Institute staff and collaborators disseminate their research and analysis and education on Institute core issues of race, poverty, and migration, their interconnections, and Catholic Social Teaching through a variety of publications and reports:
The JustSouth E-News is published in months in which our JustSouth Quarterly is not published, usually six to seven times a year. It usually includes articles by the staff, links to new reports and releases from regional and national sources on race, poverty, and migration, upcoming Institute events, and occasional “action alerts” about pressing social policy matters. View archives »
The JustSouth Quarterly is the principle journal for in-depth research and writing of the Institute staff and collaborators. It reflects our research, analysis and education, as well as content from our periodic conferences and events. View archives »
In addition, the Institute publishes occasional issue papers, the texts of addresses by the staff and colleagues, and JSRI conference documents as free-standing reports to supplement our regular publications. View archives »
An Equal Justice Initiative analysis shows how the 50th Anniversary of the U.S. Supreme Court’s Gideon Decision demonstrates ongoing problems in indigent defense.
In an extraordinary, perhaps definitive occasion of the 50th Anniversary of Dr. Martin Luther King’s Letter from Birmingham Jail on April 15, 2013, ordained leaders of Evangelical, Pentecostal, Catholic, Protestant, and Orthodox traditions signed a new response to that classic Letter.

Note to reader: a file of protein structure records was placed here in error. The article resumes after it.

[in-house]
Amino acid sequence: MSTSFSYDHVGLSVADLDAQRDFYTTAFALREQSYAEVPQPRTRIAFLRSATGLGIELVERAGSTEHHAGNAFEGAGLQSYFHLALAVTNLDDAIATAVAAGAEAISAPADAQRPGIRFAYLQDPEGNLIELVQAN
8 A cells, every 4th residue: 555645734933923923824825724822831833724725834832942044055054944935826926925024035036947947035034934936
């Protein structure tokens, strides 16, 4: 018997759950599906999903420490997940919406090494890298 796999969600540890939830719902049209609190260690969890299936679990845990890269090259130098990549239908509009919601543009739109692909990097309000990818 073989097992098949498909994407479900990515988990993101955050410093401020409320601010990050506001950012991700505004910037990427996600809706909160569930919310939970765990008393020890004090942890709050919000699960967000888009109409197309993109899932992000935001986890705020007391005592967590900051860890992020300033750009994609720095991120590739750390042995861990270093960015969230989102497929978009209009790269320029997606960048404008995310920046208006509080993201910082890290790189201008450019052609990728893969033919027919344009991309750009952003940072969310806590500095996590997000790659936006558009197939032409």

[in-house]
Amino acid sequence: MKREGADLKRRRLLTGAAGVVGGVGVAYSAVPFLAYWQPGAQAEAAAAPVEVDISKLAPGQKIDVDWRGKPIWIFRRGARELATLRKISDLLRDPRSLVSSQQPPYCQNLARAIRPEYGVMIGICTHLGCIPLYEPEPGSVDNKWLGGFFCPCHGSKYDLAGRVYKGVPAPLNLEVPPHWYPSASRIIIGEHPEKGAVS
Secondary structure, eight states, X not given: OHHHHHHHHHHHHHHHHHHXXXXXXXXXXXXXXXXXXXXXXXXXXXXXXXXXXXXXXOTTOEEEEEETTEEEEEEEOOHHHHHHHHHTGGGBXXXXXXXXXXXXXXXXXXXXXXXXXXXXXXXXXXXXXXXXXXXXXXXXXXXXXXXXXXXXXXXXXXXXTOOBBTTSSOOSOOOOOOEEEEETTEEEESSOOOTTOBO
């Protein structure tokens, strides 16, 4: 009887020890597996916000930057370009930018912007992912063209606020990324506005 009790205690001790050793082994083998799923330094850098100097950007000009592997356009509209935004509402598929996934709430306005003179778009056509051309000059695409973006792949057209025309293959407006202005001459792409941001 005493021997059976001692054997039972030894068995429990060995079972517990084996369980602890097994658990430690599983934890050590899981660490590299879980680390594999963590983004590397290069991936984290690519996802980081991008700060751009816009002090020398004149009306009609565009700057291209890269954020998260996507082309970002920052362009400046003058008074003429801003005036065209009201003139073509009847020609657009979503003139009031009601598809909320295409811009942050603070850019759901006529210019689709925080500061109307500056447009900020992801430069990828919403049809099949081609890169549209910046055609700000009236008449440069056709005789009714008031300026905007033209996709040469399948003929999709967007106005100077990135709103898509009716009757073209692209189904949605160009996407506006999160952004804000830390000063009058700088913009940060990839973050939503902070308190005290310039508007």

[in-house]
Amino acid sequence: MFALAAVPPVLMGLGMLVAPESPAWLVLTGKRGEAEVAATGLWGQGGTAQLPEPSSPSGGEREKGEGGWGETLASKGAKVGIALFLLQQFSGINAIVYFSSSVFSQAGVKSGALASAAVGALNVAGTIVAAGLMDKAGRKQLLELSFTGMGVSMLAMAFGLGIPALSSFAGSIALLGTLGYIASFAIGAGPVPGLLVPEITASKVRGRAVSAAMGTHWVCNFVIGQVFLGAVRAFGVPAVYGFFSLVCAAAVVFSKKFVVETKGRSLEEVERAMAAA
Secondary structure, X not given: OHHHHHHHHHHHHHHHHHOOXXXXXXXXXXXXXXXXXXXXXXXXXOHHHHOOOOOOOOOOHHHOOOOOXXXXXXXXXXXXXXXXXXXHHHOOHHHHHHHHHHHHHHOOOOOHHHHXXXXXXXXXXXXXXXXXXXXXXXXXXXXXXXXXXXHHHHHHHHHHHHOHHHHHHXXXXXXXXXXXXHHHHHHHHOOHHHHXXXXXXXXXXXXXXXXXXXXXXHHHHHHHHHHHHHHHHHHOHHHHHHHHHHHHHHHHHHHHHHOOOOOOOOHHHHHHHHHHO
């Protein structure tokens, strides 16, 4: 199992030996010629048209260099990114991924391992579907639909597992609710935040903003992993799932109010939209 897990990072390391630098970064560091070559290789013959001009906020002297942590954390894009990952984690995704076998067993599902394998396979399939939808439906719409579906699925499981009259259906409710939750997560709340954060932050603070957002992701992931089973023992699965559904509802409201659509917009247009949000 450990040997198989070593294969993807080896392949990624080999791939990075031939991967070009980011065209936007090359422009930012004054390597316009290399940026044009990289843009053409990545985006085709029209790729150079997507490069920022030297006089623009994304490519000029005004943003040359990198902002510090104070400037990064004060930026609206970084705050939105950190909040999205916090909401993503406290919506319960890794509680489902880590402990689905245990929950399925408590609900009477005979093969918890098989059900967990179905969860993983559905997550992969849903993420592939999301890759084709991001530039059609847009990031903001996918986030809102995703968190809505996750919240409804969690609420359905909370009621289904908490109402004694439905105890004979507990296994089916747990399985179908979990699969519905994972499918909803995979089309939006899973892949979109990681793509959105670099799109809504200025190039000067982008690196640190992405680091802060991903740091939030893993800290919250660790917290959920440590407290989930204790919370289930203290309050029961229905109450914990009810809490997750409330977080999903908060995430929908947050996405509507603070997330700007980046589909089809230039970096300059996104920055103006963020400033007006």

The Alliance for Responsible Lending in Alabama (ARLA), a large coalition advocating fair lending policies, gathered on February 28 at the state house in Montgomery to urge legislators to cap payday loans at 36% and to curtail automobile title lending.
On December 19, 2011, Alabama religious leaders called upon Governor Bentley to lead the repeal of Alabama’s 2011 anti-immigrant law.
The harshest anti-immigrant bill ever passed by a state legislature was signed into law by the governor of Alabama on June 9. Soon after, the U.S. Justice Department, civil rights groups, and four Alabama bishops filed lawsuits to prevent its enforcement.
Two stories cover the strong reaction of church leaders in Alabama to the new state anti-immigrant law.
On March 2, 2011, Father Ted Arroyo, SJ, JSRI Alabama Associate, testified against House Bill 56, Alabama's anti-immigrant bill that became law this year, a more anti-immigrant law than the 2010 Arizona statute.